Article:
Dumieński walks the talk. He hosts weekly kava gatherings of the New Zealand Kava Society in the University of Auckland’s art department. Among the members are psychiatrists, lecturers, scientists and experts on international law. A diverse range of locals and expats, they welcomed me into the circle on two occasions, offering stimulating conversation (the annexation of Ukraine) and crunchy fruit (to blunt the taste of kava).
Dumieński fell in love with kava during his time doing research for a PhD on the economics of microstates in the Pacific. Living in the Cook Islands—where kava use was banned by Christian missionaries—he became fascinated by the plant and brew. In the past five years, he has consumed kava in every form on just about every island. Now an enthusiastic connoisseur, he works closely with farmers to develop quality-control practices and ensure that a consistent supply of good kava is available.
During our sessions, we drank a Tongan ‘waka’, an extract made purely from the powdered lateral roots of P. methysticum. Pouring the powder into a stocking, Dumieński massaged the package in a tin bowl of water while we spoke. Within a few minutes, the brew was indistinguishable from milky tea, save for an oily film on the surface. Kavalactones are insoluble, and creating a suspension is imperative to extracting as many as possible.
“All kava is relaxing; even these heavy strains are still relaxing. But outside of Vanuatu, the Solomon Islands and Papua New Guinea, there are no indigenous varieties with the heavy kavalactones. Traditionally, the mutations that would be preferred, the cultivars they took to Tonga or Hawaii, are the ones that would have kavain in the first place.”
The methods of consumption were different, too. In Vanuatu, kava is prepared fresh—stem and roots ground together. Occasionally the bark, rich in the tannins and polyphenols responsible for the brew’s infamously bitter taste, is stripped and discarded, but the plant is utilised whole for the most part. The resulting fresh juice induces a sudden and intense high, far closer to a narcotic.
In Fiji, says Dumieński, kava is further broken down into three distinct categories.
“They have this bizarre way of making the brew. Everywhere else, you harvest the kava, dry the whole thing, grind it up and there’s your kava. But in Fiji, they separate the roots and sell the root as waka, strong and bitter, and the stump as lawena, which is weaker but softer and easier to drink. They also sell something called kasa, which is the part of the plant above the ground. It’s illegal to sell kasa as a food product in New Zealand.”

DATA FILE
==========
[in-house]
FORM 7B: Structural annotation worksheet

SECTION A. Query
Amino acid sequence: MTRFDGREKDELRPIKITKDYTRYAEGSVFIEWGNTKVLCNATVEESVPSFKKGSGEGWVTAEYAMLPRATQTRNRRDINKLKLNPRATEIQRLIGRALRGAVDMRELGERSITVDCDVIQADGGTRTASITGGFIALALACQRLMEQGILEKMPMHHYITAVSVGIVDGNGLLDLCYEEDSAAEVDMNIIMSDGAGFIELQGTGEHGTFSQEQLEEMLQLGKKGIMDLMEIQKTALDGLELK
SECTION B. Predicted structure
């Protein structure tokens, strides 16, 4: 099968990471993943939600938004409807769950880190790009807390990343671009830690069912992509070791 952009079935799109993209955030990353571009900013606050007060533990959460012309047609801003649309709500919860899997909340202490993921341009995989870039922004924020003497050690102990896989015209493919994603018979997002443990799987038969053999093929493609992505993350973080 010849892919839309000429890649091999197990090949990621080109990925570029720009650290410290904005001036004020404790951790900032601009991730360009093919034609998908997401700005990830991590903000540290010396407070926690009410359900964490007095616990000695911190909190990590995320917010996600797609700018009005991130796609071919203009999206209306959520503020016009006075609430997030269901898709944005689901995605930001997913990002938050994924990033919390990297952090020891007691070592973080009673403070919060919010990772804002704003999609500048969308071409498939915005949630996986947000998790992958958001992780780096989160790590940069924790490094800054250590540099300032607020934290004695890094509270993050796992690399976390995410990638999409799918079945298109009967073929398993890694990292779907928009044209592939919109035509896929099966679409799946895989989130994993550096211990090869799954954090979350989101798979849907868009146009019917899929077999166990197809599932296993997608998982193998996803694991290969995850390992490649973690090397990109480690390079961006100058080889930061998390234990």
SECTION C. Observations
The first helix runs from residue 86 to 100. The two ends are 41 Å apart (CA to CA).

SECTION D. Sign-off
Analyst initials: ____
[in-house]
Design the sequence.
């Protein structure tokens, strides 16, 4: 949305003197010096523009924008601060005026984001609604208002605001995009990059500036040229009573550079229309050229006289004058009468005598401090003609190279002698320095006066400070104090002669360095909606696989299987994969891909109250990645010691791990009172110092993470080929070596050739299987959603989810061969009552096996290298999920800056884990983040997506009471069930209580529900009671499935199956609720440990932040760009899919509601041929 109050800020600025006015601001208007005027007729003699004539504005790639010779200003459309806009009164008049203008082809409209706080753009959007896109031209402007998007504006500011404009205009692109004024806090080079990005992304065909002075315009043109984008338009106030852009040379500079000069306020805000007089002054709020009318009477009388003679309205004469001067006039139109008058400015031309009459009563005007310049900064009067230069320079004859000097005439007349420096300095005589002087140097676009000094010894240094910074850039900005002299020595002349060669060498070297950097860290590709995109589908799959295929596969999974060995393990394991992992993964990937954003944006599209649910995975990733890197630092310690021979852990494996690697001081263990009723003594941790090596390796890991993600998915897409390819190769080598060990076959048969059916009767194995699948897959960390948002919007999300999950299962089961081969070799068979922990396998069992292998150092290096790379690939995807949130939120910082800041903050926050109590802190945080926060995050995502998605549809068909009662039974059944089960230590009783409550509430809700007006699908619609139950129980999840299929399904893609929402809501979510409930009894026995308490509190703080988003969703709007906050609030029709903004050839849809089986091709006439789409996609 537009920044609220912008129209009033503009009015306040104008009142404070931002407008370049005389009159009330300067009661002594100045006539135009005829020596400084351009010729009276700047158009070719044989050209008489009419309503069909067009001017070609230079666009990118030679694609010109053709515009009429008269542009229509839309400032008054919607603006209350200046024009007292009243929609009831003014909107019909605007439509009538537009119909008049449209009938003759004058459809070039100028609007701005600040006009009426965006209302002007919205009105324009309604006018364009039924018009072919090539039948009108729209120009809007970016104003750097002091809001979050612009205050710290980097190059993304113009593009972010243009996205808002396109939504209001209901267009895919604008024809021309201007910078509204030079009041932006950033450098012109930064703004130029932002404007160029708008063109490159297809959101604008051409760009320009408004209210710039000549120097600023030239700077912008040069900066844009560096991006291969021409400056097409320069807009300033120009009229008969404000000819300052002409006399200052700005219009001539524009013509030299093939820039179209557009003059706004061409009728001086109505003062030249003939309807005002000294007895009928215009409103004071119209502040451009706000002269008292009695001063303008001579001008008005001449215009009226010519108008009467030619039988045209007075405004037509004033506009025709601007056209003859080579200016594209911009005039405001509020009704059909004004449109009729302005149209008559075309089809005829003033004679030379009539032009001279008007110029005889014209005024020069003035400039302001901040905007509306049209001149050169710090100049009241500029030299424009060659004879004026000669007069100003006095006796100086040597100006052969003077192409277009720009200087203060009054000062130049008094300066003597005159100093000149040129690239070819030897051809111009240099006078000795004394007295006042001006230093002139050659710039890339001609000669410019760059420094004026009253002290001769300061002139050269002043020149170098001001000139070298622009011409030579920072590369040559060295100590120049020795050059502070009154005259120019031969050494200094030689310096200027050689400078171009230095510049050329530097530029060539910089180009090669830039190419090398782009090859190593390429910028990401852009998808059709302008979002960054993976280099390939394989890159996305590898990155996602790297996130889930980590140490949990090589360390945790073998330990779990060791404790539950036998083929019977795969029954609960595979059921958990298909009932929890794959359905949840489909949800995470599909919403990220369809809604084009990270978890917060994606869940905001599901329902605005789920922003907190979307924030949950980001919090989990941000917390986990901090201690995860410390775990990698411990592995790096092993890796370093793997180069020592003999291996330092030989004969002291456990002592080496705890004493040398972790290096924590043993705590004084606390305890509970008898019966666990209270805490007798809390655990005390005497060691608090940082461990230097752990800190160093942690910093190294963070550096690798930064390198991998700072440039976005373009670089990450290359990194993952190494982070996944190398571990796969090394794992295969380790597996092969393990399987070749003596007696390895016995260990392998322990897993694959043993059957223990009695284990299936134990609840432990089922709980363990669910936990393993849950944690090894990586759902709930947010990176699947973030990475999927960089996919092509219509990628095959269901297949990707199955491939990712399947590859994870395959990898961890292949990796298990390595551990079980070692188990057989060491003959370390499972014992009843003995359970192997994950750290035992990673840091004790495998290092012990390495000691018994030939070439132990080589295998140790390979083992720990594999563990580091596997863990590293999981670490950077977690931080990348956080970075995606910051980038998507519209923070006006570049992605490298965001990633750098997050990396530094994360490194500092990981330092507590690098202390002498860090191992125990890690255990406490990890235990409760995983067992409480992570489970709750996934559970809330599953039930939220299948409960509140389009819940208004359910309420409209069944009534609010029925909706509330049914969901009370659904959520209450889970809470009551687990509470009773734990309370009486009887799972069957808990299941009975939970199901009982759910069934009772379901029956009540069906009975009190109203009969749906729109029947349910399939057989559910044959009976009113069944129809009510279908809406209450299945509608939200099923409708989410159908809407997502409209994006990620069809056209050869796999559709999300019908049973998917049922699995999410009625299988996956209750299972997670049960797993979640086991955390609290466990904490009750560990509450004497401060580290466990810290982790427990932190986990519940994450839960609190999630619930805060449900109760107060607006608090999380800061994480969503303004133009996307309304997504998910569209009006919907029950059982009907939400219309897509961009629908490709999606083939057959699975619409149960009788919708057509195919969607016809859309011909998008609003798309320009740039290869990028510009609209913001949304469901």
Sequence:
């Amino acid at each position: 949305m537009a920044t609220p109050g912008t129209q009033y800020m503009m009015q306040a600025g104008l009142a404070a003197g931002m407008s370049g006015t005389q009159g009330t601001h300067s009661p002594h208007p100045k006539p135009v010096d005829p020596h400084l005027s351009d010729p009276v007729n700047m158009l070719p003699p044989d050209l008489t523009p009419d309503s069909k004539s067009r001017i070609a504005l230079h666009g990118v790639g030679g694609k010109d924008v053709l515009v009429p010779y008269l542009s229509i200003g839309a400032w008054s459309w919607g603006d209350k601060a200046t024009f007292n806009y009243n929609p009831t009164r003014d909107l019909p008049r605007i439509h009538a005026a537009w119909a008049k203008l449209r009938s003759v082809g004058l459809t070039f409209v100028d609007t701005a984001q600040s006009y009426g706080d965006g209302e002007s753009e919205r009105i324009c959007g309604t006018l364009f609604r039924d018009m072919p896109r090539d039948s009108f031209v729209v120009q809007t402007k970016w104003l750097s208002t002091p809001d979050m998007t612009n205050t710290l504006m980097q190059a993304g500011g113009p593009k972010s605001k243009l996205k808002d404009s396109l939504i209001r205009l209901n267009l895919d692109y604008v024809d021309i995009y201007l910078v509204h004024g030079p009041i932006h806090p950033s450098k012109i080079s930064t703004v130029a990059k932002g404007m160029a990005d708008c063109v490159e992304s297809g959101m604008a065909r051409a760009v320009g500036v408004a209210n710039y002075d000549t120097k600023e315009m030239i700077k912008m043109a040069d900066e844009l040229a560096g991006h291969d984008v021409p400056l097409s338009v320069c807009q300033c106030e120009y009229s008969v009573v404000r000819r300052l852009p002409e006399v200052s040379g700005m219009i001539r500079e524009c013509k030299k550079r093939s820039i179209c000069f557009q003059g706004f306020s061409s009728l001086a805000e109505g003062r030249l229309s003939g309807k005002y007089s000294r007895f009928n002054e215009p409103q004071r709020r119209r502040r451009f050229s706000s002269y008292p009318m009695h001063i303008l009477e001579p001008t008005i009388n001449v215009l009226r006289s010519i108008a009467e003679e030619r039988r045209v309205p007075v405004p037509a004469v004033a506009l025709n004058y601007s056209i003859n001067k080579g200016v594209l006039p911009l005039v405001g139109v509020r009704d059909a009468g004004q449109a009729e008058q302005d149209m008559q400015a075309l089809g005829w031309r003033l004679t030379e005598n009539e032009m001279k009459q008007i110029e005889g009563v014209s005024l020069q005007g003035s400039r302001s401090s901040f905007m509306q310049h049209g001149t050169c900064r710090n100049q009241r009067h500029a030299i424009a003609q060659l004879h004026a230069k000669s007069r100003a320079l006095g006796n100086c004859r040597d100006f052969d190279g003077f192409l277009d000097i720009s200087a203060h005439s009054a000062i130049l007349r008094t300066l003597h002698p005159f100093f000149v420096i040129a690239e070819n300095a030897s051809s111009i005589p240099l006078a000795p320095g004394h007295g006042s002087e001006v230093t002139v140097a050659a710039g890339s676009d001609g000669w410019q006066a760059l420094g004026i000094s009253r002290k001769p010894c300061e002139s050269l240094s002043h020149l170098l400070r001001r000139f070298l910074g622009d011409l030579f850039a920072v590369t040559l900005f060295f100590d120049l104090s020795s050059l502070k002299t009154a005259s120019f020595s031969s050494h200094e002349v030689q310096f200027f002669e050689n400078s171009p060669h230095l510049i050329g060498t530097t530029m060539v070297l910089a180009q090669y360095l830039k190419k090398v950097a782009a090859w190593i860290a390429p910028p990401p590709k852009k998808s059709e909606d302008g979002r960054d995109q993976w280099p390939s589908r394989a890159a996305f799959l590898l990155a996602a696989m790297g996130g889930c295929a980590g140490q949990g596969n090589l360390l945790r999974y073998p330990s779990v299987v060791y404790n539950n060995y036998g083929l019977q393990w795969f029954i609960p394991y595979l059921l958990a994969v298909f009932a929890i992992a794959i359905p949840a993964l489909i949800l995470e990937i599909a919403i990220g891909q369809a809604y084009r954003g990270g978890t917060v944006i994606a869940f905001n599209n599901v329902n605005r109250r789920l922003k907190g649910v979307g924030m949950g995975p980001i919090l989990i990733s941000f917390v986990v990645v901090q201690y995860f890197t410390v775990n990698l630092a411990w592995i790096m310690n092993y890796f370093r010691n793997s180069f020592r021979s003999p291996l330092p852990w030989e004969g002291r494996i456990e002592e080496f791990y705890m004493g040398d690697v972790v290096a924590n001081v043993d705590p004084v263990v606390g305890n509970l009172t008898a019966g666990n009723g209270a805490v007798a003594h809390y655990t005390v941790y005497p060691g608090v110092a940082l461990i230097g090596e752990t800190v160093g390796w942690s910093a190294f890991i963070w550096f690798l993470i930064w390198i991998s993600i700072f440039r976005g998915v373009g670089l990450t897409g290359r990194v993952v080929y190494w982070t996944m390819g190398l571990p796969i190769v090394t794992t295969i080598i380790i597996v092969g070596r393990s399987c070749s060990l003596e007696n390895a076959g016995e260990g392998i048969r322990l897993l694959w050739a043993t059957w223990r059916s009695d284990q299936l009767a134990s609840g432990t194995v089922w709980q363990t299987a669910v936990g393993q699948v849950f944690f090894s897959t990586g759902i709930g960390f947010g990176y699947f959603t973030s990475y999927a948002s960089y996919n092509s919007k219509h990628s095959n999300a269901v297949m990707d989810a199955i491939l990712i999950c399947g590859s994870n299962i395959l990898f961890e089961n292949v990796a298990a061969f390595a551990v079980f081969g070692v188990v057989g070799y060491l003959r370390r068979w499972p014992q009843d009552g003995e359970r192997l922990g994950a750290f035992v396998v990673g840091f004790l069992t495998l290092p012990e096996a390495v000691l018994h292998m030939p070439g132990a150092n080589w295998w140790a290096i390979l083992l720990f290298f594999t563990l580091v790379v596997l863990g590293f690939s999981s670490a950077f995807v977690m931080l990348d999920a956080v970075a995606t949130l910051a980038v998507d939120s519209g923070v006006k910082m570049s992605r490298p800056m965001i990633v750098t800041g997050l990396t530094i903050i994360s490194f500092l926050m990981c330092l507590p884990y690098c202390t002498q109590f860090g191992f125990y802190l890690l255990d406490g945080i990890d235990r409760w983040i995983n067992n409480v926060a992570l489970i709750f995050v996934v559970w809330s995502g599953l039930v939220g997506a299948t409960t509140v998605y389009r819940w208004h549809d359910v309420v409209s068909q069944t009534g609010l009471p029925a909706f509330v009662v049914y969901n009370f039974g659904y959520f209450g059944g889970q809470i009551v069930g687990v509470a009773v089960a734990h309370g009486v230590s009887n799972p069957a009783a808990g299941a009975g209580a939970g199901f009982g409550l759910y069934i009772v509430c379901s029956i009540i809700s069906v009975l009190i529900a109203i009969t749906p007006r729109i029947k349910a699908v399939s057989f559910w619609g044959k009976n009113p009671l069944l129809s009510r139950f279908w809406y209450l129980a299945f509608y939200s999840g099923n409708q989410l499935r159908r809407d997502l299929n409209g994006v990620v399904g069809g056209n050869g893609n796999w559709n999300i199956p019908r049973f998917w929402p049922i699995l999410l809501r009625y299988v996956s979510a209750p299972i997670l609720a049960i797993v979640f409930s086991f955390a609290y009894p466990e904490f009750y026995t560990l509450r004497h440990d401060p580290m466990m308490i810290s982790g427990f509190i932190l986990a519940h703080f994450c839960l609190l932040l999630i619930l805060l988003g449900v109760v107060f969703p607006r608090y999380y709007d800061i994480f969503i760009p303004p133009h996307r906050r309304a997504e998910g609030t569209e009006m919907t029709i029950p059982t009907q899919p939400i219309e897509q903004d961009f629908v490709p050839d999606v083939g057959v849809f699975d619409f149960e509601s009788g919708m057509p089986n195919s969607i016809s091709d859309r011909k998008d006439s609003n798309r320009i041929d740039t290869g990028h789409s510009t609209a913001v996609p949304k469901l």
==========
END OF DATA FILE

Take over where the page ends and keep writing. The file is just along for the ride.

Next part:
As a result of intense export pressure, increasing demand worldwide and catastrophic climate events in the Pacific, the world is experiencing an acute kava shortage—the second in 20 years. Kava has been used in medicinal products since the 1880s, but during the late 1990s—after research demonstrated its efficacy in reducing anxiety superior even to benzodiazepine—bioprospectors from around the world descended upon Vanuatu and Fiji, desperate to supply the European market for natural medicinal products.
Removed from its cultural context, kava was no longer differentiated by strain or quality. German firms moved into the Pacific, buying up kava with little regard to cultivar or quality. Demand far exceeded supply in the small island nations.
“The boom was so sudden that there were huge kava shortages,” says Dumieński. “Noble kava takes up to five years to mature, then you harvest it, and you have to wait another five years. People started mixing in the leaves and the stems to increase the weight, which is a questionable practice in itself, but the Germans also asked Vanuatu to grow the tudei varieties.”
Tudei matures within a year or two, grows twice as fast as the noble varieties, is far more resistant to disease and grows “pretty much anywhere”. The Germans were making pills, “so to them, kavalactones are kavalactones. To them, kava is kava.”
By the early 2000s, more than 80 cases of liver failure had been blamed on the supplements. After licences for kava-based medicinal products were suspended in Germany, a blanket ban was issued across most of Europe, causing the kava export economies of nations such as Vanuatu to crash. But of those 80 cases, says Dumieński, only a few were ever attributed to kava.
“We know now, as a result of investigations by the World Health Organisation as well as the New Zealand government, that the vast majority of those cases were because of someone downing a bottle of vodka a day, being on three different benzos, and then taking some kava.”